Home > Kids > School Age > How to help your child feel less anxious about going back to school

The time has finally come. Homeschooling is officially over!

But before you crack open the bubbles, it might be worth checking in on your kids to see how they’re feeling.

Yes, we bet they can’t wait either, but they might also be a little scared.

And we don’t blame them. We’re terrified of giving up our sweatpants too – hey maybe we won’t.

Crumbs, even at the best of times, going back to school can be a nerve-wracking experience, so with a huge break, it’s understandable that your child may be feeling anxious.

Anxiety comes out in different ways in different people. Perhaps they aren’t sleeping well, they’re less hungry, being a little more clingy than usual or upset.

Want to help? Read on to find out the best ways to beat back-to-school nerves.

Get them in the mood for school.

Chat about their teacher, their friends, who they’ll be with and what their day used to be like. It will help them remember why they loved being at school and will encourage their excitement. You could even drive or walk by the school just to get them familiar with it again.

Reignite the routine

This weekend get them used to a morning routine of eating breakfast and being dressed in actual clothes…ideally sometime before lunch.

Organise their gear

Back to School stationery is the best! Help them to sort out their pencil cases and book bags etc… If your child is feeling anxious, the last thing they want is to forget their kit for PE and be the only one not able to join in. Make a to-do list, and if your child is old enough, let them pack their bag and show them how to tick it all off the list, so they feel grown up and in control.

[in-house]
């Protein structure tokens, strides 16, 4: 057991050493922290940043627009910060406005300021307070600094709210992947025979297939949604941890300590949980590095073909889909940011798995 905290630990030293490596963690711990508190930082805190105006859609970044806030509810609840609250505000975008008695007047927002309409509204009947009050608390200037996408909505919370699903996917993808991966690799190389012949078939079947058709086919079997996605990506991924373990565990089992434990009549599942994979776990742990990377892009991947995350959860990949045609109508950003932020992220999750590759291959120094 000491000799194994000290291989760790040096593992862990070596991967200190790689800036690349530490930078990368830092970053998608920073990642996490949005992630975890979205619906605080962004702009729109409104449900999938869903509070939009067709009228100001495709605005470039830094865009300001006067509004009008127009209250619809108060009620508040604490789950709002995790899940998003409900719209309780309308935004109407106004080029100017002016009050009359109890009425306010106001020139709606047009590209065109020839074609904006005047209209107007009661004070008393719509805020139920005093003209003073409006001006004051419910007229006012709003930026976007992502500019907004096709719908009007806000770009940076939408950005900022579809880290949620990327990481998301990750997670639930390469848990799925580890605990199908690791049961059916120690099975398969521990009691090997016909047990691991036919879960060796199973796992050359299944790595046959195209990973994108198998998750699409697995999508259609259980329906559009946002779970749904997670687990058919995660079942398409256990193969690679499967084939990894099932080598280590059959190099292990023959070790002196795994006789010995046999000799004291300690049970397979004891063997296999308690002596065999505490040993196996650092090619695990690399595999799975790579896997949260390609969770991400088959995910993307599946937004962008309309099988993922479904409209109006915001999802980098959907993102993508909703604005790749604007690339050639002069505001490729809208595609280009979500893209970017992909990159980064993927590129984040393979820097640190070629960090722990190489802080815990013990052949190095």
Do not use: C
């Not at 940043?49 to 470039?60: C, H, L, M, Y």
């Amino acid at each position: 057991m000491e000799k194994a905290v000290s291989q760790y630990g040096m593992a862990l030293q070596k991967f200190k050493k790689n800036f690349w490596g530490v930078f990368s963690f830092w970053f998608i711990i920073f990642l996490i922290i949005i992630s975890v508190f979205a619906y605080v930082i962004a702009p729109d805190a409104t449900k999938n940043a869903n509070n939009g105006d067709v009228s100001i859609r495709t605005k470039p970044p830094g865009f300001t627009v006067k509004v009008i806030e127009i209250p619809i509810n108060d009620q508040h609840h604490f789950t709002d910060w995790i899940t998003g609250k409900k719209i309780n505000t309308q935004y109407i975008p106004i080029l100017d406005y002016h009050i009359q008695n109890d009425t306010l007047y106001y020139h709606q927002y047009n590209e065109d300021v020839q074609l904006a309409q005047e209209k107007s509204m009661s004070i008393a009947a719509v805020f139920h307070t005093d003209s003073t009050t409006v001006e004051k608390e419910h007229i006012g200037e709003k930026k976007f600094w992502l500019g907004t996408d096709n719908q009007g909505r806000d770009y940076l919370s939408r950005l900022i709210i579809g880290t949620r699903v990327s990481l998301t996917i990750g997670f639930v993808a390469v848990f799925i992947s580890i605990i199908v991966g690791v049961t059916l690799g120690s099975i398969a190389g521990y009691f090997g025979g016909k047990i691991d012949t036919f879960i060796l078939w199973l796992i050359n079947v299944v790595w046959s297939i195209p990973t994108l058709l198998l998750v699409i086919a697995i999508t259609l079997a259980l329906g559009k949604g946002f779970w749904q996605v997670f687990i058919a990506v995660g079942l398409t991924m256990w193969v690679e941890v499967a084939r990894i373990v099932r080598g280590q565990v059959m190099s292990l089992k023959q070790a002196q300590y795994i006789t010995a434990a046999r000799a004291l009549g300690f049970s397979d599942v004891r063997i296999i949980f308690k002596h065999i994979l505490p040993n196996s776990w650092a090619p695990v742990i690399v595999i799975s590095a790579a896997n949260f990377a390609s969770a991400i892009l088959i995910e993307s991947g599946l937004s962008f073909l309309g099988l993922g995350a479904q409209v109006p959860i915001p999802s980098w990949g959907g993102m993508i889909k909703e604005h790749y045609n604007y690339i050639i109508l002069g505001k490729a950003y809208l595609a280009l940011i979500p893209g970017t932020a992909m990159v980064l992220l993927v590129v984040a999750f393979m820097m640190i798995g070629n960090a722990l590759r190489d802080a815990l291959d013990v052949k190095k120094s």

Instigate question time

Find a moment that’s right for you, whether it’s breakfast or bed and allow your child to talk about what may be making them anxious. You could try creating a ‘Six Minutes of Questions Quiz’, where they can ask you anything, and it opens up the chance for you to check in on them. Or ask the whole family to share the best and worst moments of their day before you eat your dinner. This usually leads children to expand on experiences themselves if they’re reluctant to answer the standard ‘How was your day?’.

Use your scent to calm their mood

Not all schools allow children to take things in…especially nowadays (thank you, Covid). If they aren’t allowed to take their special something in, it may sound creepy, but spraying a little bit of your regular perfume onto the sleeve of their jumper will make them feel more at ease by having your scent around them.

Get them to use a journal

OK, they might not want to give you a run-down of their emotions each day, but you could persuade your kids to draw a picture and a word or a sentence to go along with it. It’s an excellent way for children to express their emotions via their scribbles, and it can be done at any age. Happy Confident Me Journal, £9.99

Create a worry box

Set your children up with a private mini letterbox (an old shoebox with a slit in will do). Let them decorate it if they want to and pop it in their room. Leave a little pile of paper and a pen next to it, and when they’re feeling worried or anxious or generally unsure about something, they can write down their thoughts and pop it in the box. This will help take away their worries and leaving it in their room gives the element of privacy…especially if they have siblings hanging about.

Remember to praise them

Encouragement can feel like a massive achievement for your child. The fact that they strutted into school without clinging onto you for dear life is a HUGE achievement for them. So, acknowledge this and go OTT on the praise. They’ve had to adjust to a lot in such a short space of time, and they do need credit for this.

Make a dream catcher

Run out of things to do at home? Why not make some dream catchers. Anxiety, more often than not, will have a roll-on effect on your little one’s sleep. To help them feel more at ease, spend some time together making dream catchers. You can reassure them that this will help take away their worries at nighttime, in the hope of a better snooze.

Let someone else’s words do the talking

Books are a great tool to help your child express their feelings. Sometimes they may not know why they feel a certain way, so reading about it will help and reassure them that this is totally OK! Some suggestions are: • Rubys Worry • The Little Paw’s Hotel (series) • Hey Warrier • William Wobbly and The Very Bad Day • The Lion Inside • The Huge Bag of Worries

If you’re really worried, ask for help

Never feel afraid to seek out professional help. It doesn’t mean you are failing, if anything you are winning at being a brilliant parent that only wants the best for them.

Based on what you love